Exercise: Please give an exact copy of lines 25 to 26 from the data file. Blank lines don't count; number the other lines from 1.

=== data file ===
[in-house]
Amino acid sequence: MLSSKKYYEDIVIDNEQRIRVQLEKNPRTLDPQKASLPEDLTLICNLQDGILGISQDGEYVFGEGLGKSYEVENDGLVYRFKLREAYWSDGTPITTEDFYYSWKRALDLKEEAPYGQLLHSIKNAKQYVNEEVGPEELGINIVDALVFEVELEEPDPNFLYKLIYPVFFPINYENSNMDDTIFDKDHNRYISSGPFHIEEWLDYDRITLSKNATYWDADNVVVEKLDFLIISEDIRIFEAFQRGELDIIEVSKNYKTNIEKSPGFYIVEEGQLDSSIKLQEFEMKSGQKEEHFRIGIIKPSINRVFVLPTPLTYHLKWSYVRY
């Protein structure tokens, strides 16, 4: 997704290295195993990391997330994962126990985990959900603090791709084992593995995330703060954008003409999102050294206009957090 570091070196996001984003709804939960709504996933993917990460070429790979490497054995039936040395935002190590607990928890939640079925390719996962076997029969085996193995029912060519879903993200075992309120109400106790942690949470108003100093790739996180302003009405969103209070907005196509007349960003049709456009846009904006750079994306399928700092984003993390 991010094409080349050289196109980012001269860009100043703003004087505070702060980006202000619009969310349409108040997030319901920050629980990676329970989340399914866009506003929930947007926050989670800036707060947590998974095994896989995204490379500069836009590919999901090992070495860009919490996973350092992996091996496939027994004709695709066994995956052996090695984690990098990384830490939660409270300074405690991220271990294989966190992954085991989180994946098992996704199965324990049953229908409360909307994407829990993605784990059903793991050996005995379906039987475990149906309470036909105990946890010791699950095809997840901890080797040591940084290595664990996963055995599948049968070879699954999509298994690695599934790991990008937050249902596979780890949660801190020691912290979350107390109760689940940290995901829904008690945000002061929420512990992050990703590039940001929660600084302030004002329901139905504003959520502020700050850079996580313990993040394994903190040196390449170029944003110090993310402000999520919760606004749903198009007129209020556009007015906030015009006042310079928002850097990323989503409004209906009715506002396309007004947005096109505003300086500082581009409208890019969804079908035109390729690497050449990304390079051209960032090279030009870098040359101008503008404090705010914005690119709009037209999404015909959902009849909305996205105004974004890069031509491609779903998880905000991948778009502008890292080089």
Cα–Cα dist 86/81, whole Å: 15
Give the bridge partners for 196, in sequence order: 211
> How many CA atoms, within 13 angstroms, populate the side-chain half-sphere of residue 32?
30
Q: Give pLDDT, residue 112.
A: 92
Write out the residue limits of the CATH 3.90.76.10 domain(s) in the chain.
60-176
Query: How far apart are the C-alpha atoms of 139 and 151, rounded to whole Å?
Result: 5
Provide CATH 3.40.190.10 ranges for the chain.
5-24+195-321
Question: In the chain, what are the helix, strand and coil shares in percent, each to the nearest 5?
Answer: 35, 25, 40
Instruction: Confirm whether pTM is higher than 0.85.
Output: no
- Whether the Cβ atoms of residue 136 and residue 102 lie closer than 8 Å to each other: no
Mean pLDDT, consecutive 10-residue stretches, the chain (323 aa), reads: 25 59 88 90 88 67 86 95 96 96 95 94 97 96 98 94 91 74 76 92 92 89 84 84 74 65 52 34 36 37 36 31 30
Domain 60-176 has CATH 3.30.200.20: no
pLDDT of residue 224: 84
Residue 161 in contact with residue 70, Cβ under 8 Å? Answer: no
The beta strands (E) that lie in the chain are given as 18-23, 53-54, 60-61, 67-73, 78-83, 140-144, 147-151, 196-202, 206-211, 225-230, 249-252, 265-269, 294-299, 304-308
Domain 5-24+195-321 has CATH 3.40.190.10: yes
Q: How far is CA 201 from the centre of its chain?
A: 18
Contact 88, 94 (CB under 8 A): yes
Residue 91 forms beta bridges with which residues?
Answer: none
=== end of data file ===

The beta strands (E) that lie in the chain are given as 18-23, 53-54, 60-61, 67-73, 78-83, 140-144, 147-151, 196-202, 206-211, 225-230, 249-252, 265-269, 294-299, 304-308
Domain 5-24+195-321 has CATH 3.40.190.10: yes